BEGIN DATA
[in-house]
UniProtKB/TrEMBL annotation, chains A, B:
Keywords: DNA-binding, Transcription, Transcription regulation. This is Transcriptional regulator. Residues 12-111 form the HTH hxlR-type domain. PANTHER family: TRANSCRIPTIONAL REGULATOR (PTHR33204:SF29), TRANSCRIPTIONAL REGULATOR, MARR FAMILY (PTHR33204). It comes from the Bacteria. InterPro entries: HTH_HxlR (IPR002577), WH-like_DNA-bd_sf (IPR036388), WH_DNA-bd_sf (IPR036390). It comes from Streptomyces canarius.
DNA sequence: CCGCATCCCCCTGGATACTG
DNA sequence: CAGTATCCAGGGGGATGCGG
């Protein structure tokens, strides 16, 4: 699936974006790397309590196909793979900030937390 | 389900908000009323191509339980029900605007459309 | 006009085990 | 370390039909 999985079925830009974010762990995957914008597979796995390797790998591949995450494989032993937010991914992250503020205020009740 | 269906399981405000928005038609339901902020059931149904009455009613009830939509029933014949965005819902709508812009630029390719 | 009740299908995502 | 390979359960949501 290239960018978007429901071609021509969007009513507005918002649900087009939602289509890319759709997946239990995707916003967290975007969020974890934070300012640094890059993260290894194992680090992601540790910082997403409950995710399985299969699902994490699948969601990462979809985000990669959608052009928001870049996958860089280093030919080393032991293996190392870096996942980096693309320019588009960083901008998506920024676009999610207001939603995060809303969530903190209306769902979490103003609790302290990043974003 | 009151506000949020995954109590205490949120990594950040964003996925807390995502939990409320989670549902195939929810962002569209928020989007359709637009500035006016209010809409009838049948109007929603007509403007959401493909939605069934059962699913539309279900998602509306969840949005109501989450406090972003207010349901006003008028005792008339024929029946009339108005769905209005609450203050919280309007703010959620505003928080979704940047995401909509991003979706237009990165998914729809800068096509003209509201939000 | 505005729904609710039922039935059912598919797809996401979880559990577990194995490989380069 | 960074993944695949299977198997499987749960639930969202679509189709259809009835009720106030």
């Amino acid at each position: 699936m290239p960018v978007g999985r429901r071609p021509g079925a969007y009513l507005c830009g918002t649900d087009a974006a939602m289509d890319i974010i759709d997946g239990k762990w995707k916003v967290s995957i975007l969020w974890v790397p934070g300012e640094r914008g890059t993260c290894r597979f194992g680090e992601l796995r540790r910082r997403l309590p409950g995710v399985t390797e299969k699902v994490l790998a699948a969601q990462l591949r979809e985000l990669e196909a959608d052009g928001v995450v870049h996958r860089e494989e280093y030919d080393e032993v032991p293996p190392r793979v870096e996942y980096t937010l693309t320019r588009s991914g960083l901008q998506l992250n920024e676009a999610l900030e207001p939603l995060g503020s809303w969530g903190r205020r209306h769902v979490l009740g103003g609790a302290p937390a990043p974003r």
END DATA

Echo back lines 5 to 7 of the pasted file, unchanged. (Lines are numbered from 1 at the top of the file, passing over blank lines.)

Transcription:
DNA sequence: CAGTATCCAGGGGGATGCGG
């Protein structure tokens, strides 16, 4: 699936974006790397309590196909793979900030937390 | 389900908000009323191509339980029900605007459309 | 006009085990 | 370390039909 999985079925830009974010762990995957914008597979796995390797790998591949995450494989032993937010991914992250503020205020009740 | 269906399981405000928005038609339901902020059931149904009455009613009830939509029933014949965005819902709508812009630029390719 | 009740299908995502 | 390979359960949501 290239960018978007429901071609021509969007009513507005918002649900087009939602289509890319759709997946239990995707916003967290975007969020974890934070300012640094890059993260290894194992680090992601540790910082997403409950995710399985299969699902994490699948969601990462979809985000990669959608052009928001870049996958860089280093030919080393032991293996190392870096996942980096693309320019588009960083901008998506920024676009999610207001939603995060809303969530903190209306769902979490103003609790302290990043974003 | 009151506000949020995954109590205490949120990594950040964003996925807390995502939990409320989670549902195939929810962002569209928020989007359709637009500035006016209010809409009838049948109007929603007509403007959401493909939605069934059962699913539309279900998602509306969840949005109501989450406090972003207010349901006003008028005792008339024929029946009339108005769905209005609450203050919280309007703010959620505003928080979704940047995401909509991003979706237009990165998914729809800068096509003209509201939000 | 505005729904609710039922039935059912598919797809996401979880559990577990194995490989380069 | 960074993944695949299977198997499987749960639930969202679509189709259809009835009720106030």
């Amino acid at each position: 699936m290239p960018v978007g999985r429901r071609p021509g079925a969007y009513l507005c830009g918002t649900d087009a974006a939602m289509d890319i974010i759709d997946g239990k762990w995707k916003v967290s995957i975007l969020w974890v790397p934070g300012e640094r914008g890059t993260c290894r597979f194992g680090e992601l796995r540790r910082r997403l309590p409950g995710v399985t390797e299969k699902v994490l790998a699948a969601q990462l591949r979809e985000l990669e196909a959608d052009g928001v995450v870049h996958r860089e494989e280093y030919d080393e032993v032991p293996p190392r793979v870096e996942y980096t937010l693309t320019r588009s991914g960083l901008q998506l992250n920024e676009a999610l900030e207001p939603l995060g503020s809303w969530g903190r205020r209306h769902v979490l009740g103003g609790a302290p937390a990043p974003r």